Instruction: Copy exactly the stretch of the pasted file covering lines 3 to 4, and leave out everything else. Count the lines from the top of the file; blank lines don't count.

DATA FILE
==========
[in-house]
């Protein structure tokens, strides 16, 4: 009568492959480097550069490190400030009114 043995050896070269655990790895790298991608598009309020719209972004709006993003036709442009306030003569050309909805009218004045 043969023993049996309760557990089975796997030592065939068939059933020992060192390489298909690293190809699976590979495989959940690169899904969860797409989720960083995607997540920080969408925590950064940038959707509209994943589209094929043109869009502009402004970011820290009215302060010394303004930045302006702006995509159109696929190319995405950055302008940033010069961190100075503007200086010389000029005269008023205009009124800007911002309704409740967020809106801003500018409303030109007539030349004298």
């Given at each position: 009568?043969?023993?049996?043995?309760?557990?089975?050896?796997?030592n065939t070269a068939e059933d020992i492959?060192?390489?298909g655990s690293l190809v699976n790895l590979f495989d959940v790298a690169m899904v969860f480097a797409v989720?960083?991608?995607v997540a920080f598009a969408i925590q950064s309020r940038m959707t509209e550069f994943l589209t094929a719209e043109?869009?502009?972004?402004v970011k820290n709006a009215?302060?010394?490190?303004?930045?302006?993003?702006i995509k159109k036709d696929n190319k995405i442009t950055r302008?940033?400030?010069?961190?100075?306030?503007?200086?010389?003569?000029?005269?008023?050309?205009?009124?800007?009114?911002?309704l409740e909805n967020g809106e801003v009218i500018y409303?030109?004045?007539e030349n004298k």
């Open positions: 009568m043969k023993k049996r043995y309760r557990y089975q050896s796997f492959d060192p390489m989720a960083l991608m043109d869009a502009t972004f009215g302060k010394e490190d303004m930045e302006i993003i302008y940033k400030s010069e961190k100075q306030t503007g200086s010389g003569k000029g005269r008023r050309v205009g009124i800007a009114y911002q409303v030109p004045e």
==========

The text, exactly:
């Given at each position: 009568?043969?023993?049996?043995?309760?557990?089975?050896?796997?030592n065939t070269a068939e059933d020992i492959?060192?390489?298909g655990s690293l190809v699976n790895l590979f495989d959940v790298a690169m899904v969860f480097a797409v989720?960083?991608?995607v997540a920080f598009a969408i925590q950064s309020r940038m959707t509209e550069f994943l589209t094929a719209e043109?869009?502009?972004?402004v970011k820290n709006a009215?302060?010394?490190?303004?930045?302006?993003?702006i995509k159109k036709d696929n190319k995405i442009t950055r302008?940033?400030?010069?961190?100075?306030?503007?200086?010389?003569?000029?005269?008023?050309?205009?009124?800007?009114?911002?309704l409740e909805n967020g809106e801003v009218i500018y409303?030109?004045?007539e030349n004298k």
């Open positions: 009568m043969k023993k049996r043995y309760r557990y089975q050896s796997f492959d060192p390489m989720a960083l991608m043109d869009a502009t972004f009215g302060k010394e490190d303004m930045e302006i993003i302008y940033k400030s010069e961190k100075q306030t503007g200086s010389g003569k000029g005269r008023r050309v205009g009124i800007a009114y911002q409303v030109p004045e």